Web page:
New survey hopes to measure rural labour shortage

Agriculture has a people problem.

There aren’t enough people in rural Canada to work as meat cutters at processing plants, or as labourers at cattle feedlots.

At the same time, people living in cities aren’t willing to move to rural areas for seasonal work.

That’s created a massive labour shortage in Canada’s ag industry and there’s no silver bullet solution.

To get a sense of the shortage, the Conference Board of Canada plans to conduct an online survey of farmers, farm employees and others in the sector this fall.

“Understanding the evolving needs of producers, farm workers and industry stakeholders is key in resolving the labour challenges facing the agricultural sector,” said Portia MacDonald-Dewhirst, executive director of the Canadian Agricultural Human Resource Council (CAHRC), which has commissioned the survey.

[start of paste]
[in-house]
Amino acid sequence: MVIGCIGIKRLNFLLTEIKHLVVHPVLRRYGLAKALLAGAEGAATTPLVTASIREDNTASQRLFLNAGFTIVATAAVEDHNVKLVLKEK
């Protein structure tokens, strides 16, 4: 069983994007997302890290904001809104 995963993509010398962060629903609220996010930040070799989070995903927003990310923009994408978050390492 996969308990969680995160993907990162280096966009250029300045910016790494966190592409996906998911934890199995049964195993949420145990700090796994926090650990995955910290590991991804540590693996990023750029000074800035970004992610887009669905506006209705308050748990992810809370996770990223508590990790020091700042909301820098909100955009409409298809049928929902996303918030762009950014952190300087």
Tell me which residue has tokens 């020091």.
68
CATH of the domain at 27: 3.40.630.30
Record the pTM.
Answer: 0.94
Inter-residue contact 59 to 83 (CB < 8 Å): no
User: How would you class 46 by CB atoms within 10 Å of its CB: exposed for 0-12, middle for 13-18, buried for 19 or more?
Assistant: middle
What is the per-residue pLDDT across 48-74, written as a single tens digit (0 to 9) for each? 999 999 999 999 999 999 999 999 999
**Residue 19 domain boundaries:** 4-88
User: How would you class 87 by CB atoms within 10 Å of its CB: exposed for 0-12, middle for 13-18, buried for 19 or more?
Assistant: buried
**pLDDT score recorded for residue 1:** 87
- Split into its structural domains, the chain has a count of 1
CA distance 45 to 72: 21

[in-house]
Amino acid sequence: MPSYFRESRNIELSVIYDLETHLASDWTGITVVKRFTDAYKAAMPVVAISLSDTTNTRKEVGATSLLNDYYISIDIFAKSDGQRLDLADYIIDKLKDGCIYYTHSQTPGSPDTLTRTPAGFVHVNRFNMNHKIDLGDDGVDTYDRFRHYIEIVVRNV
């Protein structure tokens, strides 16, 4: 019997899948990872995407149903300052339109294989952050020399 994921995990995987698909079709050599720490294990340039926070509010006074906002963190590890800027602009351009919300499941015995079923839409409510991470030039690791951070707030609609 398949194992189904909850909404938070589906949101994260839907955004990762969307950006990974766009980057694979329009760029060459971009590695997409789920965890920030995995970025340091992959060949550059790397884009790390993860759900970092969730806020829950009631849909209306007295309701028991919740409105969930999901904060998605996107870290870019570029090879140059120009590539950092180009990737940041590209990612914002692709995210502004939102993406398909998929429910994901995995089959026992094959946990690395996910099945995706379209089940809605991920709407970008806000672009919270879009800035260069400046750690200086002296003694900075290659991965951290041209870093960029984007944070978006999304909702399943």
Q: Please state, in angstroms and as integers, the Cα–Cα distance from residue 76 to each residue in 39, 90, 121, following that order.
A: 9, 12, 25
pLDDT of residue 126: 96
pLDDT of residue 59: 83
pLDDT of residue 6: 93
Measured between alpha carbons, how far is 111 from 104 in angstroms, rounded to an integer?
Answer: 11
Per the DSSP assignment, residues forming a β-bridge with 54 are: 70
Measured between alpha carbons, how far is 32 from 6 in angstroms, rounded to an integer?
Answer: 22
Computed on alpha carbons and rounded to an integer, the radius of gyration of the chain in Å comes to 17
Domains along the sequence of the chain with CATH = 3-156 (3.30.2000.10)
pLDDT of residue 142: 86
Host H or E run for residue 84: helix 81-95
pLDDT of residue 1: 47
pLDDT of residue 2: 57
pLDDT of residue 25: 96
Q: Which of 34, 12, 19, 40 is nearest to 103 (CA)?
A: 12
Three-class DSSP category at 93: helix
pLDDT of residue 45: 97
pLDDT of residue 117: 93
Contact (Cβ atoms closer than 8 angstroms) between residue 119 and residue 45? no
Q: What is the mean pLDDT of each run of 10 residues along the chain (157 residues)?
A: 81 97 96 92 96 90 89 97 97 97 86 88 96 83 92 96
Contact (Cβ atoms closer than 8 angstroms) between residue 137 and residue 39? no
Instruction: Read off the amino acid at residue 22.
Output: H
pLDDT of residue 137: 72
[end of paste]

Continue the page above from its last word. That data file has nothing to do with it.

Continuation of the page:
In 2014, CAHRC research indicated that 26,400 jobs went unfilled in Canada’s agriculture sector. That cost the sector $1.5 billion in lost revenues.

The lack of labour is troublesome because the federal government has set a target of $75 billion in annual agri-food exports by 2025, up from $61 billion in 2015.

It’s difficult, or nearly impossible, to increase exports of things like pork, canola oil, beef, barley and honey if Canadians aren’t willing to work on farms or in agri-food processing jobs.

“Resolving the labour crisis is imperative for the agricultural industry to move forward and reach its potential,” CAHRC said in a news release.

The new survey will update the labour market situation. It will include provincial data and the labour needs for specific commodities within agriculture, and will provide a labour supply and demand forecast to 2029.

The online survey can be found at cahrc-ccrha.ca/programs/agrilmi#section-surveys.

It started Oct. 12 and runs to the end of November.

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